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Journal of Neurosurgical Sciences 2015 December;59(4):405-28


language: English

Decompressive craniectomy in the treatment of post-traumatic intracranial hypertension in children: our philosophy and indications

Beuriat P. A. 1, Javouhey E. 2, Szathmari A. 1, Courtil-Tesseydre S. 1, Desgranges F. P. 2, Grassiot B. 1, Hequet O. 3, Mottolese C. 1

1 Pediatric Neurosurgical Unit, Neurological Hospital Pierre Wertheimer, Lyon, France; 2 Pediatric Intensive Care Unit, Mother and Children Hospital, Lyon, France; 3 Engineering Service, Edouard Herriot Hospital, Lyon, France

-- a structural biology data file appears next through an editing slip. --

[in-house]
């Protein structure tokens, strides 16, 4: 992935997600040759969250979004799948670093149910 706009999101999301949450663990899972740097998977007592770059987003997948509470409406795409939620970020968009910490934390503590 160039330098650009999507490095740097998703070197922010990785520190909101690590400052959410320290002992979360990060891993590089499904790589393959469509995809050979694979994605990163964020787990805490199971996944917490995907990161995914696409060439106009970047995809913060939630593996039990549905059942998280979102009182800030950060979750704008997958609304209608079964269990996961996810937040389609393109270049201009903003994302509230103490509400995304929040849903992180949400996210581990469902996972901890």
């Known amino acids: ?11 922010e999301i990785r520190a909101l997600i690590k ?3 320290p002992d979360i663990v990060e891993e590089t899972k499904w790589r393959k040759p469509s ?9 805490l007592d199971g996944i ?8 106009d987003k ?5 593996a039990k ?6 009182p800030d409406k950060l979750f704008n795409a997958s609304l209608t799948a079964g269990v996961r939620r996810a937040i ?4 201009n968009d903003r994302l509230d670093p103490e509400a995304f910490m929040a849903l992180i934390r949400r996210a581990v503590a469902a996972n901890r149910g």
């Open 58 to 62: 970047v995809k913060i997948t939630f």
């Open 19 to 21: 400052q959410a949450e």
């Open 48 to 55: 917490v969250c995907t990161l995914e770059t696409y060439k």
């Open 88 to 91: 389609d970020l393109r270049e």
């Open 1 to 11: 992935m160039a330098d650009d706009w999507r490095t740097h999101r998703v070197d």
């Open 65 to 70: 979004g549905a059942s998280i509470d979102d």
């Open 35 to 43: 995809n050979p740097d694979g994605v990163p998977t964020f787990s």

Decompressive craniotomy (DC) in children is a life-saving procedure for the treatment of refractory intracranial hypertension related to traumatic, ischemic and infectious lesions. Different surgical procedures have been proposed including uni or bilateral hemicraniectomy, bi-frontal, bi-temporal, or bi-parietal craniotomies. DC can avoid the cascade of events related to tissue hypoxia, brain perfusion reduction, hypotension and the evolution of brain edema that can be responsible for brain herniation. The monitoring of intracranial pressure (ICP) is very important to take a decision as well as the value of Trans cranial Doppler (TCD). Repeated TCD in the intensive care unit give important information about the decrease of the cerebral perfusion pressure (CPP) and facilitates the decision making. The important question is about how long time we have to wait before to perform the DC. Three conditions can be distinguished: 1) ICP stable and TCD with good parameters: the decision can be postponed; 2) ICP>20 mmHg with good TCD and without clinical signs of deterioration: the decision can be postponed; 3) ICP>20 mmHg with altered CPP and degraded TCD value and clinical signs of brain herniation: the surgical procedure is indicated. The decision of a ventricular drainage can also be discussed but in cases of slit ventricles it is preferable to realize a DC to avoid the problems of multiple taps without finding the ventricular system. In some very specific situations, DC has to be contraindicated. The first one is a prolonged cardiopulmonary arrest with a no-flow longer than 15 minutes and irreversible lesions on the TCD or on the CT-scan. The second most common situation is a patient with GCS of 3 on admission associated with bilaterally fixed dilated pupils. In this case TCD is very useful to document the decrease or the absence of diastolic flux that indicates a very poor cerebral perfusion. In case of severe polytraumatism with multiorgan failure, especially in very severe hemorrhagic shock with incontrollable coagulopathy, the realization of DC is definitely hazardous with y a high risk of cardiac arrest during the surgical procedure. The decision to realize a hemicraniectomy or a bi-frontal craniotomy is related to the presence or not of associated traumatic lesions as hemorrhagic contusions or a sub-dural or extradural hematoma. In cases of diffuse cerebral edema the bi-frontal bone flap is indicated. In all cases a closure of the dura mater with a large dural patch has to be performed avoiding compression of the nervous system. Our results showed a mortality rate of 18%. Eighty percent of the survivors have a good quality of life but only 43% in a scholar age could attend a normal program. Patients treated with DC need a long follow-up and an important rehabilitation program to improve their quality of life. Our report shows that DC in children is effective to control the post-traumatic intracranial hypertension but a long follow-up is recommended to access the sequels and quality of life of these patients.

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